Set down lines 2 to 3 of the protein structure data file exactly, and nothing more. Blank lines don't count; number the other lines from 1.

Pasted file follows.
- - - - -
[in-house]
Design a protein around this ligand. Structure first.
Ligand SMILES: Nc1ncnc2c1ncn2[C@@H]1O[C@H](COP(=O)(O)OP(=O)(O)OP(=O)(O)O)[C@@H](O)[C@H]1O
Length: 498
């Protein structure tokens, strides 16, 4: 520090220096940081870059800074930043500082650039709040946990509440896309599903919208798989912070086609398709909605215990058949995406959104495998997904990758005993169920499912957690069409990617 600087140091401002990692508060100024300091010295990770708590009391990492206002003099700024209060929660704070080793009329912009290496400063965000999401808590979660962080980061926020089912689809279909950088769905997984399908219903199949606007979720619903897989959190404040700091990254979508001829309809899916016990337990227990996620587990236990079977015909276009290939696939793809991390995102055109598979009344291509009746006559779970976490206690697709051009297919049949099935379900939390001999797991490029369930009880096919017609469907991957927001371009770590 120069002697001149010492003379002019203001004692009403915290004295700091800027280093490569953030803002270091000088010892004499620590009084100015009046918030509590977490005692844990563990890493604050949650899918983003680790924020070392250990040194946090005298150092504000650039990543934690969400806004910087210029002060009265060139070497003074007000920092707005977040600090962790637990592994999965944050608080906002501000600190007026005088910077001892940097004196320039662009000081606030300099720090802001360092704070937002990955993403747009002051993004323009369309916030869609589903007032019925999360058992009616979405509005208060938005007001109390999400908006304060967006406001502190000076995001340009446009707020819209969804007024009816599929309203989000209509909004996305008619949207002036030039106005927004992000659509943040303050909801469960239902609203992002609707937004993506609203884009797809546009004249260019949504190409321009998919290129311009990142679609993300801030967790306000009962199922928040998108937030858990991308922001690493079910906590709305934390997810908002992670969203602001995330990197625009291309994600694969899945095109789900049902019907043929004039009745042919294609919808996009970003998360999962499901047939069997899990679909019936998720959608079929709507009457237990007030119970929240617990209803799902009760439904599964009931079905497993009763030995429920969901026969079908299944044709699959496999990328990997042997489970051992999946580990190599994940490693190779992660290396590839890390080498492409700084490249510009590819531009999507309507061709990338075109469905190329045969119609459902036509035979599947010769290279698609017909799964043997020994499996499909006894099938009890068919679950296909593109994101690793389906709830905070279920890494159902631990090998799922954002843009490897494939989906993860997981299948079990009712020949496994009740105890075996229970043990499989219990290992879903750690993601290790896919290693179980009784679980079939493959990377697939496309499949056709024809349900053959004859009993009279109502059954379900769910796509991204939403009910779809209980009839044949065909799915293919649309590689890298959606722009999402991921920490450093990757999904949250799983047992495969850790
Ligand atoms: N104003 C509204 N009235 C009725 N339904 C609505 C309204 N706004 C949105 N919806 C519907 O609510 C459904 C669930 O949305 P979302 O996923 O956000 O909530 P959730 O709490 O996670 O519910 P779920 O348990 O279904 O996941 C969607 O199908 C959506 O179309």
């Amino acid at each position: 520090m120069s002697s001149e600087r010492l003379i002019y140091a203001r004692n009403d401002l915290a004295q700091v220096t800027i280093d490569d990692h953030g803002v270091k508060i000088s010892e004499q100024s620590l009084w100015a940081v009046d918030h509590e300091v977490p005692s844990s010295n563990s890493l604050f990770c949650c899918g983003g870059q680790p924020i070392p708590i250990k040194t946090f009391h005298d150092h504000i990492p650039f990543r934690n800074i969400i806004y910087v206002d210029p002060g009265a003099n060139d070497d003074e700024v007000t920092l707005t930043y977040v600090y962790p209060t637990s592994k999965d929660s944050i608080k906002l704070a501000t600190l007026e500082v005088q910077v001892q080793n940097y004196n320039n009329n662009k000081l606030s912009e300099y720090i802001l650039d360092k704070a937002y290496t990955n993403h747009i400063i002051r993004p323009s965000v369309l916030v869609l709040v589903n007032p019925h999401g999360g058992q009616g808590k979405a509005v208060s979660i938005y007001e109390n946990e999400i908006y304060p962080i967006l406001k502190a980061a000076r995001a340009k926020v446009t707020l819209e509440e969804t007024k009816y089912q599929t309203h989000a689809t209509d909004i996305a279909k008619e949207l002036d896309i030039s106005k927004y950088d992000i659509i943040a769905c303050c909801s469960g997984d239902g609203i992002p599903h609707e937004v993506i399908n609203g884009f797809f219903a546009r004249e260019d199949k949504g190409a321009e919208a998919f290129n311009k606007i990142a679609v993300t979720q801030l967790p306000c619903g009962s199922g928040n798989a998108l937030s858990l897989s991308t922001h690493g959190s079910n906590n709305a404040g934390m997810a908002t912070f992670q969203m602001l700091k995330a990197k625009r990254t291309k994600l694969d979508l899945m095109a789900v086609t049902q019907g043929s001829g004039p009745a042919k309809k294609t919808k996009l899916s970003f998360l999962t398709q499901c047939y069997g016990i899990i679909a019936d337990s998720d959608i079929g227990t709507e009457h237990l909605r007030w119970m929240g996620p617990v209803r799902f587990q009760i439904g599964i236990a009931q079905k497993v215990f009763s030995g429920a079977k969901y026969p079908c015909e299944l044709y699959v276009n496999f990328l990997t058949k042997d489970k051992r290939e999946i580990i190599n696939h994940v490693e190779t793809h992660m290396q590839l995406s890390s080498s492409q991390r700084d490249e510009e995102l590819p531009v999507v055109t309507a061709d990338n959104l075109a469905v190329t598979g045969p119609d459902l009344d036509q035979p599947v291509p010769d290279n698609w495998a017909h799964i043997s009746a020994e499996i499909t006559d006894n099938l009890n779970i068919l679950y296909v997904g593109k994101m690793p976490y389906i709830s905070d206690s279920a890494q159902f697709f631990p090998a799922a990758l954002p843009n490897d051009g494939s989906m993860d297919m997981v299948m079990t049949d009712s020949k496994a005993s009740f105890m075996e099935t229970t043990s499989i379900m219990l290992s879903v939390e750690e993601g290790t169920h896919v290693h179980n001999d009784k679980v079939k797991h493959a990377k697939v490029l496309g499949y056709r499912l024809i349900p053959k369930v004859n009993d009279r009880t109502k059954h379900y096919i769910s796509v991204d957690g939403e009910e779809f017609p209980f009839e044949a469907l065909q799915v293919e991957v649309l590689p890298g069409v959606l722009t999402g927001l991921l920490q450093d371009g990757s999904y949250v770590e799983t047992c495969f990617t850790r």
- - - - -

Design a protein around this ligand. Structure first.
Ligand SMILES: Nc1ncnc2c1ncn2[C@@H]1O[C@H](COP(=O)(O)OP(=O)(O)OP(=O)(O)O)[C@@H](O)[C@H]1O